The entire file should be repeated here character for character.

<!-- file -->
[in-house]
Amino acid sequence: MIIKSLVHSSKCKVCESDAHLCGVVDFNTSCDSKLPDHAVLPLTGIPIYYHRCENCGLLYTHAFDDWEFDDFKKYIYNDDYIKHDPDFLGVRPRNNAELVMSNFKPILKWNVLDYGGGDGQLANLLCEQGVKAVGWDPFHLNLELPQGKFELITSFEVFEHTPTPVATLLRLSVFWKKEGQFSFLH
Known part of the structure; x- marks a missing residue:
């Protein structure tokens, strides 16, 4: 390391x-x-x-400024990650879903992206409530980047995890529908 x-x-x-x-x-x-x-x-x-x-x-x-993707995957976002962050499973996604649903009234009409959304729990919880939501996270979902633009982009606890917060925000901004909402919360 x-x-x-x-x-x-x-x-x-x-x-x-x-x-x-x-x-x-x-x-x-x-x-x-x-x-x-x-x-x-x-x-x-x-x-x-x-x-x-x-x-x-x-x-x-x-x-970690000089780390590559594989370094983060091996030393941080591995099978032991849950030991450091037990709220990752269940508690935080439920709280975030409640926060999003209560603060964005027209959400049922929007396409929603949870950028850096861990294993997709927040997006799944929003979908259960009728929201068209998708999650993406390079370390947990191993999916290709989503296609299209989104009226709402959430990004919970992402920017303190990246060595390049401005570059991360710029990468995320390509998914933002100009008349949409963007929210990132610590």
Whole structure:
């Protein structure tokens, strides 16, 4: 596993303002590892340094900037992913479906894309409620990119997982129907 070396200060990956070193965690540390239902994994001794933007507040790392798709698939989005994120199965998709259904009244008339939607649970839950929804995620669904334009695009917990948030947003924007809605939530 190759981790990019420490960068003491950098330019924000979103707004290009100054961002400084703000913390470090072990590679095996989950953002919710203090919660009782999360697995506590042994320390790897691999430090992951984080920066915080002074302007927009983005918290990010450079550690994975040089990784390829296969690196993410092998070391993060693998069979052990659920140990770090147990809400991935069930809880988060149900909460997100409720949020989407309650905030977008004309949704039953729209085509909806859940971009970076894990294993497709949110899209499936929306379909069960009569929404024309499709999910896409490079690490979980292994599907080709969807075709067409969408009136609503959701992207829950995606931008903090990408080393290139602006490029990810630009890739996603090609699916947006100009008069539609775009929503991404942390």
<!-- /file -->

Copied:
[in-house]
Amino acid sequence: MIIKSLVHSSKCKVCESDAHLCGVVDFNTSCDSKLPDHAVLPLTGIPIYYHRCENCGLLYTHAFDDWEFDDFKKYIYNDDYIKHDPDFLGVRPRNNAELVMSNFKPILKWNVLDYGGGDGQLANLLCEQGVKAVGWDPFHLNLELPQGKFELITSFEVFEHTPTPVATLLRLSVFWKKEGQFSFLH
Known part of the structure; x- marks a missing residue:
């Protein structure tokens, strides 16, 4: 390391x-x-x-400024990650879903992206409530980047995890529908 x-x-x-x-x-x-x-x-x-x-x-x-993707995957976002962050499973996604649903009234009409959304729990919880939501996270979902633009982009606890917060925000901004909402919360 x-x-x-x-x-x-x-x-x-x-x-x-x-x-x-x-x-x-x-x-x-x-x-x-x-x-x-x-x-x-x-x-x-x-x-x-x-x-x-x-x-x-x-x-x-x-x-970690000089780390590559594989370094983060091996030393941080591995099978032991849950030991450091037990709220990752269940508690935080439920709280975030409640926060999003209560603060964005027209959400049922929007396409929603949870950028850096861990294993997709927040997006799944929003979908259960009728929201068209998708999650993406390079370390947990191993999916290709989503296609299209989104009226709402959430990004919970992402920017303190990246060595390049401005570059991360710029990468995320390509998914933002100009008349949409963007929210990132610590």
Whole structure:
């Protein structure tokens, strides 16, 4: 596993303002590892340094900037992913479906894309409620990119997982129907 070396200060990956070193965690540390239902994994001794933007507040790392798709698939989005994120199965998709259904009244008339939607649970839950929804995620669904334009695009917990948030947003924007809605939530 190759981790990019420490960068003491950098330019924000979103707004290009100054961002400084703000913390470090072990590679095996989950953002919710203090919660009782999360697995506590042994320390790897691999430090992951984080920066915080002074302007927009983005918290990010450079550690994975040089990784390829296969690196993410092998070391993060693998069979052990659920140990770090147990809400991935069930809880988060149900909460997100409720949020989407309650905030977008004309949704039953729209085509909806859940971009970076894990294993497709949110899209499936929306379909069960009569929404024309499709999910896409490079690490979980292994599907080709969807075709067409969408009136609503959701992207829950995606931008903090990408080393290139602006490029990810630009890739996603090609699916947006100009008069539609775009929503991404942390």